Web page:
Is Anthropology "removed from reality"?

In a recent article in the Monthly Review Paul A. Baran writes that social theorists and social empiricists criticize each other constantly. The theorists say that the empiricists don't do enough interpretation while the empiricists say that the theorists don't do enough real research. Baran says that the difference between the two is entirely fictitious and that in fact both are far removed from reality. The apparent contradictions between the two kinds of social scientists only cloud the issue. What should be discussed is the dialectical unity of the subject and object. According to Morf, who Baran is reviewing, only the work of Karl Marx is satisfactory in approaching the process of historical change. Feuerbach states that anthropology must be used to emancipate humans and to discover the conditions of such emancipation. Is anthropology being used for social change or is it simply an ivory tower concept? Franz Boas certainly affected a change in the discourse of anthropology, but was his influence limited to the academic world, or did he help further the cause of civil rights? Boas happened to be an activist as well as an anthropologist. I think this is essential. It's not enough to just study humans. We must emancipate them!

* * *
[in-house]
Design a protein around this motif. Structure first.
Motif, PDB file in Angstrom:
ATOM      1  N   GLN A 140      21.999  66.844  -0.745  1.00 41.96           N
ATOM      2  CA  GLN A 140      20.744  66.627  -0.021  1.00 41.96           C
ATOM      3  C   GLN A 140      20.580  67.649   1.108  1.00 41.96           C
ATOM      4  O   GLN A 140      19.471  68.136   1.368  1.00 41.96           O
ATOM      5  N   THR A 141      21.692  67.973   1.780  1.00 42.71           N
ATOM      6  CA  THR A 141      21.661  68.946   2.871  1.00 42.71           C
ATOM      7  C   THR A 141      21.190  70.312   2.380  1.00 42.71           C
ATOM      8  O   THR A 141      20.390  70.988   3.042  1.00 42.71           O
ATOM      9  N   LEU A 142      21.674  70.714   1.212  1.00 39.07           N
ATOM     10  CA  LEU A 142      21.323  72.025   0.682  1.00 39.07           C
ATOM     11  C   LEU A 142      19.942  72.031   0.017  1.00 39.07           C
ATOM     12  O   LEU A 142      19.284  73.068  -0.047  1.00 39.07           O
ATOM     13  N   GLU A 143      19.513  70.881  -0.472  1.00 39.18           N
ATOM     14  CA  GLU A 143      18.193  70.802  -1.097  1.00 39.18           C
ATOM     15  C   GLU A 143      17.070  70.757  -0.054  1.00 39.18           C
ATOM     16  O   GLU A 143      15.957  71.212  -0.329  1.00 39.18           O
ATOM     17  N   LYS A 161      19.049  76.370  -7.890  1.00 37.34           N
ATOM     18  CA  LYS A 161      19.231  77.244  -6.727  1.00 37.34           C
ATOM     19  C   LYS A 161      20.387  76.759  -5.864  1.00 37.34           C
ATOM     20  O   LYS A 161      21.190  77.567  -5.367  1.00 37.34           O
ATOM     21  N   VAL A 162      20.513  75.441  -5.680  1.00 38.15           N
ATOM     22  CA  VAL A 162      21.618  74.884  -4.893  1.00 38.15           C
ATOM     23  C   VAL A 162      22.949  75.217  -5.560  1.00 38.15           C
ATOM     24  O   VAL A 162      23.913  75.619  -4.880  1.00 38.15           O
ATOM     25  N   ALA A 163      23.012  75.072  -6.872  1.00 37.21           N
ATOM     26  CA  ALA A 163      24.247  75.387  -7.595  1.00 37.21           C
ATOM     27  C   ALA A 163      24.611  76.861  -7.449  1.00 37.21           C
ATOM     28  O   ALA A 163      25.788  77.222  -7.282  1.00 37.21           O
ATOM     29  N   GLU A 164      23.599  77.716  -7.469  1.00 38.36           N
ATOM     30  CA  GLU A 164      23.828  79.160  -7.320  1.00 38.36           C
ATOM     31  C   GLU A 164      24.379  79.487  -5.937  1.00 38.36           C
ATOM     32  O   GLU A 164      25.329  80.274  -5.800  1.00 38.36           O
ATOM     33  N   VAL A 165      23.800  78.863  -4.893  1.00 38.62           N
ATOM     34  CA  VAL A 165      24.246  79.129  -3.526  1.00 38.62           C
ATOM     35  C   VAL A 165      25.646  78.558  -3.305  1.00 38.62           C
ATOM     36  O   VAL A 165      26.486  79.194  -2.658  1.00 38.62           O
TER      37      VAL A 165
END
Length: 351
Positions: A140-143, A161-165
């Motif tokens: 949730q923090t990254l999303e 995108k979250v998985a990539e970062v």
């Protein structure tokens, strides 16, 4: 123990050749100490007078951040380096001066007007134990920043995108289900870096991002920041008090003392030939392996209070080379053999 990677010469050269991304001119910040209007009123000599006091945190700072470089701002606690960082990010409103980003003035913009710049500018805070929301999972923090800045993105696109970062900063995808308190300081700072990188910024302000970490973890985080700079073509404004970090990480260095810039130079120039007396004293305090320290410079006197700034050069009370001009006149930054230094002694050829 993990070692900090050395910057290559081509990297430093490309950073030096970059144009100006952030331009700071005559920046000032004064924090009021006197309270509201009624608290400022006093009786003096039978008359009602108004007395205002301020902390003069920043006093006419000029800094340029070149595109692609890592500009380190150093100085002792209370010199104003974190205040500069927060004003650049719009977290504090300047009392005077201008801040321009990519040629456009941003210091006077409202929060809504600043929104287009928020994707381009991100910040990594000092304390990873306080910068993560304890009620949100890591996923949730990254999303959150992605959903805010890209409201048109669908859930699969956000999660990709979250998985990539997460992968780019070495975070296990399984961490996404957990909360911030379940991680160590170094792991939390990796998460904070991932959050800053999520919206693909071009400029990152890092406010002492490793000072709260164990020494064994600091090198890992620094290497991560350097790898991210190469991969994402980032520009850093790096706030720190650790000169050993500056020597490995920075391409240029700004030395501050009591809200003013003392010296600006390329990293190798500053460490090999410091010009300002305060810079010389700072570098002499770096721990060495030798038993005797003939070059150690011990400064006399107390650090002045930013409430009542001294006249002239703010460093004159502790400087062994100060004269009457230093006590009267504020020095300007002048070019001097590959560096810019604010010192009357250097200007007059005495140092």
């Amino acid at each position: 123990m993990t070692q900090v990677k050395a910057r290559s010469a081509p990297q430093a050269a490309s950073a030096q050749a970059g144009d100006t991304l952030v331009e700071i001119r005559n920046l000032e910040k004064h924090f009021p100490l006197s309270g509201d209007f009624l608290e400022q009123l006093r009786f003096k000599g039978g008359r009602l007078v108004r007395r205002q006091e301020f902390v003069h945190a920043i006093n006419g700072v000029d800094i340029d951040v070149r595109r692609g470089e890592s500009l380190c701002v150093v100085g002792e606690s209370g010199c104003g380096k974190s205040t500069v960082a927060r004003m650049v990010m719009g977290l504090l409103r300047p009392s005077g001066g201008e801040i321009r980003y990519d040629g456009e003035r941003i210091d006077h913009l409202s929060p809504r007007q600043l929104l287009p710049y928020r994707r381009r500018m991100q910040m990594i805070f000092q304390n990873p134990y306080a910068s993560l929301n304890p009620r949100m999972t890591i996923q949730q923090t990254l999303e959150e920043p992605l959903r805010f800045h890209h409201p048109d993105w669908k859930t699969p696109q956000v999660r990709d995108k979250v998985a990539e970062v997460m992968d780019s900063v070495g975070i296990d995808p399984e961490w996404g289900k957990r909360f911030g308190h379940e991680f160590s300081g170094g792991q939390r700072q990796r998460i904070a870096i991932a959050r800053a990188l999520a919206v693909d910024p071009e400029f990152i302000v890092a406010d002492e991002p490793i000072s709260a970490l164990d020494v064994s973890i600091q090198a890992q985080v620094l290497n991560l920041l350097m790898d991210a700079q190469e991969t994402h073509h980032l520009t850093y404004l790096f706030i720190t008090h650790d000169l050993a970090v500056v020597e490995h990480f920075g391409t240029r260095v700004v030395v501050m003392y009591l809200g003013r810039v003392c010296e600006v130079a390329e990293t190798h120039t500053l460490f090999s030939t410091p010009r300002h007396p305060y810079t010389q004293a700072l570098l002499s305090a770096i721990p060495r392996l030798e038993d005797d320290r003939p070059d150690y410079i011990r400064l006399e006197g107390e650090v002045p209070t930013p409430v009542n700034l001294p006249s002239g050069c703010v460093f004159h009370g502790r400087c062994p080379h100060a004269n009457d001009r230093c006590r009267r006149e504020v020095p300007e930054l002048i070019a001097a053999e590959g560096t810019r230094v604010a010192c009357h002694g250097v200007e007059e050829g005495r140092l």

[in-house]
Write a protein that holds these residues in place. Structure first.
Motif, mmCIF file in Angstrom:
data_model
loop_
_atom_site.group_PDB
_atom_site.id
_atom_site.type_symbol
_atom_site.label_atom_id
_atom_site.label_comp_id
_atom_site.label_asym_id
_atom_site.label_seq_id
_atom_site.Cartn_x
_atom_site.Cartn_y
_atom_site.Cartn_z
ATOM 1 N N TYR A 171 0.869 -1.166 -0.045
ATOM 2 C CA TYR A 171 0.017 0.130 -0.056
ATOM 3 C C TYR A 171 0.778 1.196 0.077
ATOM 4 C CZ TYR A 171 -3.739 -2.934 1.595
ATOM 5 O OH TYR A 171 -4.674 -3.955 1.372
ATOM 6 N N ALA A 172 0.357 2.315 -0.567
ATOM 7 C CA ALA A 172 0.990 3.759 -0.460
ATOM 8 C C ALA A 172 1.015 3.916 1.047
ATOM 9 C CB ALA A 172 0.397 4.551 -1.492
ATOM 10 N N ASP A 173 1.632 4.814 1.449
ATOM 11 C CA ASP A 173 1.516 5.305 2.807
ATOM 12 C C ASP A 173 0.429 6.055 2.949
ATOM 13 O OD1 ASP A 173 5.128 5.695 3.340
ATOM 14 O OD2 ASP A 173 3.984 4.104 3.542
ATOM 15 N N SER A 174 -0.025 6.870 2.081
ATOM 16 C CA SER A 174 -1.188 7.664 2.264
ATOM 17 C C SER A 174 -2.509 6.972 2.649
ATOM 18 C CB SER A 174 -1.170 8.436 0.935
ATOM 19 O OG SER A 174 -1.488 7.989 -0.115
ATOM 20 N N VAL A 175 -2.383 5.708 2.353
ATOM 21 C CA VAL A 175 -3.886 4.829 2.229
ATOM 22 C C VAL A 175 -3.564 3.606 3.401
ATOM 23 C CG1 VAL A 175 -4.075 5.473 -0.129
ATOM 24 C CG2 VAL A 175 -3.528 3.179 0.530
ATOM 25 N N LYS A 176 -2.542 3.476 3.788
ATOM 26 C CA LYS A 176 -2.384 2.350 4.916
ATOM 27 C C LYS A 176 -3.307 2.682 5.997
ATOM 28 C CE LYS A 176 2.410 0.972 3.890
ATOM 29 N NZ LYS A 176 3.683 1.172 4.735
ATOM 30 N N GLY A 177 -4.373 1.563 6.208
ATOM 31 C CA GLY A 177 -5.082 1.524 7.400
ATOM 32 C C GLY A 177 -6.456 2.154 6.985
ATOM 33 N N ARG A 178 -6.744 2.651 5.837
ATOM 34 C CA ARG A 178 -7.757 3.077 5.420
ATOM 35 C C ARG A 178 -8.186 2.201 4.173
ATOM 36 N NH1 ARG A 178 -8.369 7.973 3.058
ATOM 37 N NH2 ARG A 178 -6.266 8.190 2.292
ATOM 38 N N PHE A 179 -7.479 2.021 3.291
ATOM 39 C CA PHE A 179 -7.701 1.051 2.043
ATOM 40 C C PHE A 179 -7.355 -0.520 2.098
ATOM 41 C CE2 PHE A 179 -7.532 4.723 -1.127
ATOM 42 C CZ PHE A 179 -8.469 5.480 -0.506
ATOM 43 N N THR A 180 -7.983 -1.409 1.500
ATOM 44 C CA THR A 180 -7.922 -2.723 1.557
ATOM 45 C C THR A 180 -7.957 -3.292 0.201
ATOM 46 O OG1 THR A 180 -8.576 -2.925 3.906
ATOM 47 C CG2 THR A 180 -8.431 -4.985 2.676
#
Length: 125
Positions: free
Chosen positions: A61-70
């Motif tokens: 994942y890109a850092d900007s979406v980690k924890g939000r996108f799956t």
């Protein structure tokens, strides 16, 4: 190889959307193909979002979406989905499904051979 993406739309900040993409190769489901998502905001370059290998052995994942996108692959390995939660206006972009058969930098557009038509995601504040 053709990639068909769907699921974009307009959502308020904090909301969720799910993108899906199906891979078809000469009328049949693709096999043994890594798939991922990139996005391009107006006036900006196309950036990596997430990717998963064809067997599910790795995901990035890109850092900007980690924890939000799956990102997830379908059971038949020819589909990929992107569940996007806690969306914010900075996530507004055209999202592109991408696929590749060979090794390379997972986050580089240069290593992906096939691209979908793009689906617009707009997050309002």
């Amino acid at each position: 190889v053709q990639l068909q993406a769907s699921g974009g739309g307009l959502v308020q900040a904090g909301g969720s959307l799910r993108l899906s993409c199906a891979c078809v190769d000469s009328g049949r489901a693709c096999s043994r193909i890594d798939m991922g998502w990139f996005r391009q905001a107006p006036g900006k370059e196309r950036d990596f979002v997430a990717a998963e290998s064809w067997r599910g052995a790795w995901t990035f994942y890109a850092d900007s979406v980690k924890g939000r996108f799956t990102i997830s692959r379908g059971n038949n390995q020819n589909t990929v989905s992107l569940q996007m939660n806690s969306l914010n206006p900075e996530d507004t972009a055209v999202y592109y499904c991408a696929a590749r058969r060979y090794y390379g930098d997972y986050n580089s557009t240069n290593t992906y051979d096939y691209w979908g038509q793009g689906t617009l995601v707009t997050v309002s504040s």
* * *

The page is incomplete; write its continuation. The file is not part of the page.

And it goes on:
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Comment by Mitchell Jones on May 10, 2010 at 3:31pm
I still am not convinced about cultural truth. I think there are always dissenting opinions in a culture, but that doesn't make those individuals any less a part of their culture.
Comment by Mitchell Jones on May 9, 2010 at 9:49pm
There is no cultural truth either since every individual interfaces with their culture in a different way.


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